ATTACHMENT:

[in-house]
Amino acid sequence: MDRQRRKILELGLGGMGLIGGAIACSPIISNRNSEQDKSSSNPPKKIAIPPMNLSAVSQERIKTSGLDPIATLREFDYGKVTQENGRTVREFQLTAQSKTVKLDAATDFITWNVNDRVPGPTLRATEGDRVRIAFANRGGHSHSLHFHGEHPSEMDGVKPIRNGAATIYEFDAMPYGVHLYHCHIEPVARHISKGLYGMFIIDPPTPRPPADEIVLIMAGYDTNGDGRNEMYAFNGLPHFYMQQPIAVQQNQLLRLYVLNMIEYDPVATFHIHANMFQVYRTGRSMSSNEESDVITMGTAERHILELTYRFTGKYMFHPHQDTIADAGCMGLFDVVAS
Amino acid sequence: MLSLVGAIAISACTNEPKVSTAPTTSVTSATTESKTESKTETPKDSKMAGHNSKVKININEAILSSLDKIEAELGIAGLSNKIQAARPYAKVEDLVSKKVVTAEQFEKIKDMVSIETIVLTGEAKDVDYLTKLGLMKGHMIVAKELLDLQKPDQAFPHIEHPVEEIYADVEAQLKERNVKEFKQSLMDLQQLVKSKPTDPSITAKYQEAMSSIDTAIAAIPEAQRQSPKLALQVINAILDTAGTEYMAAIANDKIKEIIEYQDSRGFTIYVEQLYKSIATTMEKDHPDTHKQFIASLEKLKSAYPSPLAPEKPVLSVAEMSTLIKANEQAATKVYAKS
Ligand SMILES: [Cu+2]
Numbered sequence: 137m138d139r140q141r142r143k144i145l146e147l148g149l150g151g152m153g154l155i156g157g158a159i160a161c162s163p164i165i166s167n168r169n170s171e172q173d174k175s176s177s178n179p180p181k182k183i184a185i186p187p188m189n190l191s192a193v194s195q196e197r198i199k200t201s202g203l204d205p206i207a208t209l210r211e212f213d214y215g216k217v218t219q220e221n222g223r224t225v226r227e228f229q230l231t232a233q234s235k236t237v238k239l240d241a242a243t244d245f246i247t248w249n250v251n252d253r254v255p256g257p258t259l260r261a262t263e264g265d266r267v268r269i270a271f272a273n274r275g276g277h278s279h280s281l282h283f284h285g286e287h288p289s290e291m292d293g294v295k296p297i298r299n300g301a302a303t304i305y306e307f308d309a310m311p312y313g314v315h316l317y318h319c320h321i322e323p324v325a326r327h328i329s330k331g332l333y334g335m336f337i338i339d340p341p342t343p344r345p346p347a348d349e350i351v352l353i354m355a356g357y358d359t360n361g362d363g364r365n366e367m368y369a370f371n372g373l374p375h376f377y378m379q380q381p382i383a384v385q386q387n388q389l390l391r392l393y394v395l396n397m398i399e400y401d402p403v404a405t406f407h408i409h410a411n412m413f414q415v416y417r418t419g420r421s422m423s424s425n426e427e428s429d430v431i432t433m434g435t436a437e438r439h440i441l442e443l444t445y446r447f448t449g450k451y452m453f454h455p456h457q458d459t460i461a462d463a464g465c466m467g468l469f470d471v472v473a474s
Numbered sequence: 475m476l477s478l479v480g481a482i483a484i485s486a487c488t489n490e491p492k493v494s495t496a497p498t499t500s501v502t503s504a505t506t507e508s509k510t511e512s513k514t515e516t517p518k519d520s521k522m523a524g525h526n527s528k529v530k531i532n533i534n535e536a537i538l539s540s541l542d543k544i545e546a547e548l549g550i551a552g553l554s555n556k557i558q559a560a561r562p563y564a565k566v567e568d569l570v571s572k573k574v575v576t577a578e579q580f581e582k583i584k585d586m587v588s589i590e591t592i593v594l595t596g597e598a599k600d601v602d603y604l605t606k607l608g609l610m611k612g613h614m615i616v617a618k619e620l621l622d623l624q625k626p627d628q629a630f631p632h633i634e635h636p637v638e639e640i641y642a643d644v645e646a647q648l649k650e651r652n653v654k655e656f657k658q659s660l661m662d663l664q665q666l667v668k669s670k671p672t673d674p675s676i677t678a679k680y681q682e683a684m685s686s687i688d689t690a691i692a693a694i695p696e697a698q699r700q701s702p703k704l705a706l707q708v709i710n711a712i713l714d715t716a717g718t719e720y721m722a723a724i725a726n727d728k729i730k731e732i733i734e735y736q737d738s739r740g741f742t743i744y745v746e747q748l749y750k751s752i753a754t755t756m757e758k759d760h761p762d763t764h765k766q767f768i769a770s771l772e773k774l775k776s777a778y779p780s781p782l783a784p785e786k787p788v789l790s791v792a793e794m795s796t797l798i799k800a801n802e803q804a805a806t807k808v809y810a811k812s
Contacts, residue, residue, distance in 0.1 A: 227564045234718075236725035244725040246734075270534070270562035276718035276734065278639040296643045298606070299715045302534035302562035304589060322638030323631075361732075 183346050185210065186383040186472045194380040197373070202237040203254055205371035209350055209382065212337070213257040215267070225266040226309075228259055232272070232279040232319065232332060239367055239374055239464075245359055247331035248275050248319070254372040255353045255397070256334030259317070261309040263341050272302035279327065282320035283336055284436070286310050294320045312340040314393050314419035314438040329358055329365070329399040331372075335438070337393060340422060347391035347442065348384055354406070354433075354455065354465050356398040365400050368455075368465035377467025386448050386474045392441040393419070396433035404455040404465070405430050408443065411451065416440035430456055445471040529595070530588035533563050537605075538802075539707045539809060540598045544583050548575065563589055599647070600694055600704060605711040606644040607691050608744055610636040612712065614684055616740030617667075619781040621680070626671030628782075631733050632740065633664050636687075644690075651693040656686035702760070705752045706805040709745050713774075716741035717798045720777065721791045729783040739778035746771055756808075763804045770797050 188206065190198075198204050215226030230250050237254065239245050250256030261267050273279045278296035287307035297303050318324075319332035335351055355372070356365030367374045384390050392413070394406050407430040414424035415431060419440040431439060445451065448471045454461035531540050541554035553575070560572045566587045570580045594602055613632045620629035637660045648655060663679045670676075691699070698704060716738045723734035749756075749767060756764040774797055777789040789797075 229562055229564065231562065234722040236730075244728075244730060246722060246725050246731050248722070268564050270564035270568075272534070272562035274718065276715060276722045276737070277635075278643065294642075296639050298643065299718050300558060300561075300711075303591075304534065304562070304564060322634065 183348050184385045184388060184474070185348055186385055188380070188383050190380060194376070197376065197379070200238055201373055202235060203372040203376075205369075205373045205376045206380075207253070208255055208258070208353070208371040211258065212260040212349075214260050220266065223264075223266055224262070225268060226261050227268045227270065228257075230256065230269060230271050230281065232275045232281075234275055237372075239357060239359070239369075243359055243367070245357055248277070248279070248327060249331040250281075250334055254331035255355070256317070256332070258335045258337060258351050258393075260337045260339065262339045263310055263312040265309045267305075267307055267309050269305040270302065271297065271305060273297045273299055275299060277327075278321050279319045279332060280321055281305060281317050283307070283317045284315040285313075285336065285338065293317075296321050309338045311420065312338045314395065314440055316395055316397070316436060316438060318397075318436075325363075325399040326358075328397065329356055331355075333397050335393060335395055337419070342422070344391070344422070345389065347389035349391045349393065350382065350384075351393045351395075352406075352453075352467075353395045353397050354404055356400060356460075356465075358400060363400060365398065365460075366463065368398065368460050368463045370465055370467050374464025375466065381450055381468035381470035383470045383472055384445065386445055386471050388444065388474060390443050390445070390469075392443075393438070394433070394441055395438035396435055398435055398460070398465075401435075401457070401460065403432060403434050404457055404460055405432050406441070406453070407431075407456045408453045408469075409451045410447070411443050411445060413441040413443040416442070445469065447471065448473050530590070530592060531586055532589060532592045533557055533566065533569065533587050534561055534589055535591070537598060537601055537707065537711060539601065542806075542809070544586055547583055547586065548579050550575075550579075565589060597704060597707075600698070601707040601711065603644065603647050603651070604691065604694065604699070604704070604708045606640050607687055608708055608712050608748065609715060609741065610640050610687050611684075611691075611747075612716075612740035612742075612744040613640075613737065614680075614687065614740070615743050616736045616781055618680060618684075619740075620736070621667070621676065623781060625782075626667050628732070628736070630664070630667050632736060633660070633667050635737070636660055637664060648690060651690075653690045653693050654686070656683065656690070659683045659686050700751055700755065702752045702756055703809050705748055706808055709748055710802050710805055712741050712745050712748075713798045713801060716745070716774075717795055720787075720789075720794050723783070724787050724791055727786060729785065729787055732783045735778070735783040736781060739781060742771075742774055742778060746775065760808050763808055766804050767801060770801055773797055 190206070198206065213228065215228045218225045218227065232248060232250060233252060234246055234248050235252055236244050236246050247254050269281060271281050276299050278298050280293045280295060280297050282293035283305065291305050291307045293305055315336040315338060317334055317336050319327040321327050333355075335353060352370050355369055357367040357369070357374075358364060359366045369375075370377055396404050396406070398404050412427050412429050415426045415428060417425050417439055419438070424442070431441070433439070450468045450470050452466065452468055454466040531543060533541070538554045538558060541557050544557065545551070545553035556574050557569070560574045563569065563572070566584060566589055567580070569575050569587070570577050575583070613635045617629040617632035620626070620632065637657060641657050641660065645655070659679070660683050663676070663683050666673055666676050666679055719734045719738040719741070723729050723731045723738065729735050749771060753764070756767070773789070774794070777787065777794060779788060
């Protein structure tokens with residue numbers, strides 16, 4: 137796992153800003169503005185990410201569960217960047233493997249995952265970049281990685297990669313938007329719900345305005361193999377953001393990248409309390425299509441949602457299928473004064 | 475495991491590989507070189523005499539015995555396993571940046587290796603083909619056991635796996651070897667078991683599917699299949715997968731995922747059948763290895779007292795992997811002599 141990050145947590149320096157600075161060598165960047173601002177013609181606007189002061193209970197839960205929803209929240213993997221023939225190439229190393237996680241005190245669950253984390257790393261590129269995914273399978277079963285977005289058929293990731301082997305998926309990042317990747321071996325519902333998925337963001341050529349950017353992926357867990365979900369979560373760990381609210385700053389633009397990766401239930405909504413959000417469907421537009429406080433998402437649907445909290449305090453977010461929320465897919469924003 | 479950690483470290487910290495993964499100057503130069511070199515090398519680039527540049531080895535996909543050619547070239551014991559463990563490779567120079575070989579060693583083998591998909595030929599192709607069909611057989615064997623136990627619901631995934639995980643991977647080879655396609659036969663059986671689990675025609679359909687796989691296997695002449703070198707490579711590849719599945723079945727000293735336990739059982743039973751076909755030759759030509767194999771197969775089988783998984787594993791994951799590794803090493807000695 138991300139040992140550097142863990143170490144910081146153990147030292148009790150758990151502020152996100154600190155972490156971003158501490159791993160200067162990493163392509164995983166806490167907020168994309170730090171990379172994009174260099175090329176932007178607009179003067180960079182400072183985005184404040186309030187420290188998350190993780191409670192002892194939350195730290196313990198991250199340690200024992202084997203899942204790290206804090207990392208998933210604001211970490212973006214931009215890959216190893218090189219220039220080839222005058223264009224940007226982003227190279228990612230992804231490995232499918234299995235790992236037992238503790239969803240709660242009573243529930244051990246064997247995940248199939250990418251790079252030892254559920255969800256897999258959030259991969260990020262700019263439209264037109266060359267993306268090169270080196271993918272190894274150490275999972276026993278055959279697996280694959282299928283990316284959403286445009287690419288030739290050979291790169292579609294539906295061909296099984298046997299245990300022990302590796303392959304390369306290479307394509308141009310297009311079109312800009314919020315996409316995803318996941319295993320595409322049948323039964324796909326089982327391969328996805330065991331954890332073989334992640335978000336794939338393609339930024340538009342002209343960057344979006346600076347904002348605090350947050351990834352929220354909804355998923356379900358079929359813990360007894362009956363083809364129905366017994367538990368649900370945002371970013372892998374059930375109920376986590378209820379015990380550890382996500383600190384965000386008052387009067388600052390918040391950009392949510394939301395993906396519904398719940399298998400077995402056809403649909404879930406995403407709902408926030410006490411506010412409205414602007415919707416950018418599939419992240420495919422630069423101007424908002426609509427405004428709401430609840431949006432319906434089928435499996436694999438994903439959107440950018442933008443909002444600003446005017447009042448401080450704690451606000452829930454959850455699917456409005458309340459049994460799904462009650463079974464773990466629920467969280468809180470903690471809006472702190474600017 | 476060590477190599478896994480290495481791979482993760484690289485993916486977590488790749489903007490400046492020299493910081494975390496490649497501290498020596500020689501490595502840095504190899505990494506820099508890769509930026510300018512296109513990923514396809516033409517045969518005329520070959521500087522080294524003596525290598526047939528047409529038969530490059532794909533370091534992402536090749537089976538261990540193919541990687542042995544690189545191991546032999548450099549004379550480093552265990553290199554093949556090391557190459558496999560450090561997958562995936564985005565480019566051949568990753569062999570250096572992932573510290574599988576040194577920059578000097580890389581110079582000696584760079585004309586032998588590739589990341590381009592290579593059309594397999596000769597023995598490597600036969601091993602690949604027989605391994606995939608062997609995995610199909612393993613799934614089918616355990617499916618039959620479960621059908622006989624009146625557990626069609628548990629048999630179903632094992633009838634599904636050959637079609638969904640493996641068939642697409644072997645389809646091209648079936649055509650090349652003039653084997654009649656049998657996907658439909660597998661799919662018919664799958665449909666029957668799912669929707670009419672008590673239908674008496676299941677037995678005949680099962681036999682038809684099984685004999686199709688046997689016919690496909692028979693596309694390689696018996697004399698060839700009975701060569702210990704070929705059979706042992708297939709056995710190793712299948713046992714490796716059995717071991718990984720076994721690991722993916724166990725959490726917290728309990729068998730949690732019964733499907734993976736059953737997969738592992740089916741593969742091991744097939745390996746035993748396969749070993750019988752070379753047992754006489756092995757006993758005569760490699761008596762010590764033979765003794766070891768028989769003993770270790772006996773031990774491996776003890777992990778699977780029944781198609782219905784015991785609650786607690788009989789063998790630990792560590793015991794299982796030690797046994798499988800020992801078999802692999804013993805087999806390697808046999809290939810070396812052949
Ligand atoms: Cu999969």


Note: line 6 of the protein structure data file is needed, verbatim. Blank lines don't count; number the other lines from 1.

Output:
Numbered sequence: 475m476l477s478l479v480g481a482i483a484i485s486a487c488t489n490e491p492k493v494s495t496a497p498t499t500s501v502t503s504a505t506t507e508s509k510t511e512s513k514t515e516t517p518k519d520s521k522m523a524g525h526n527s528k529v530k531i532n533i534n535e536a537i538l539s540s541l542d543k544i545e546a547e548l549g550i551a552g553l554s555n556k557i558q559a560a561r562p563y564a565k566v567e568d569l570v571s572k573k574v575v576t577a578e579q580f581e582k583i584k585d586m587v588s589i590e591t592i593v594l595t596g597e598a599k600d601v602d603y604l605t606k607l608g609l610m611k612g613h614m615i616v617a618k619e620l621l622d623l624q625k626p627d628q629a630f631p632h633i634e635h636p637v638e639e640i641y642a643d644v645e646a647q648l649k650e651r652n653v654k655e656f657k658q659s660l661m662d663l664q665q666l667v668k669s670k671p672t673d674p675s676i677t678a679k680y681q682e683a684m685s686s687i688d689t690a691i692a693a694i695p696e697a698q699r700q701s702p703k704l705a706l707q708v709i710n711a712i713l714d715t716a717g718t719e720y721m722a723a724i725a726n727d728k729i730k731e732i733i734e735y736q737d738s739r740g741f742t743i744y745v746e747q748l749y750k751s752i753a754t755t756m757e758k759d760h761p762d763t764h765k766q767f768i769a770s771l772e773k774l775k776s777a778y779p780s781p782l783a784p785e786k787p788v789l790s791v792a793e794m795s796t797l798i799k800a801n802e803q804a805a806t807k808v809y810a811k812s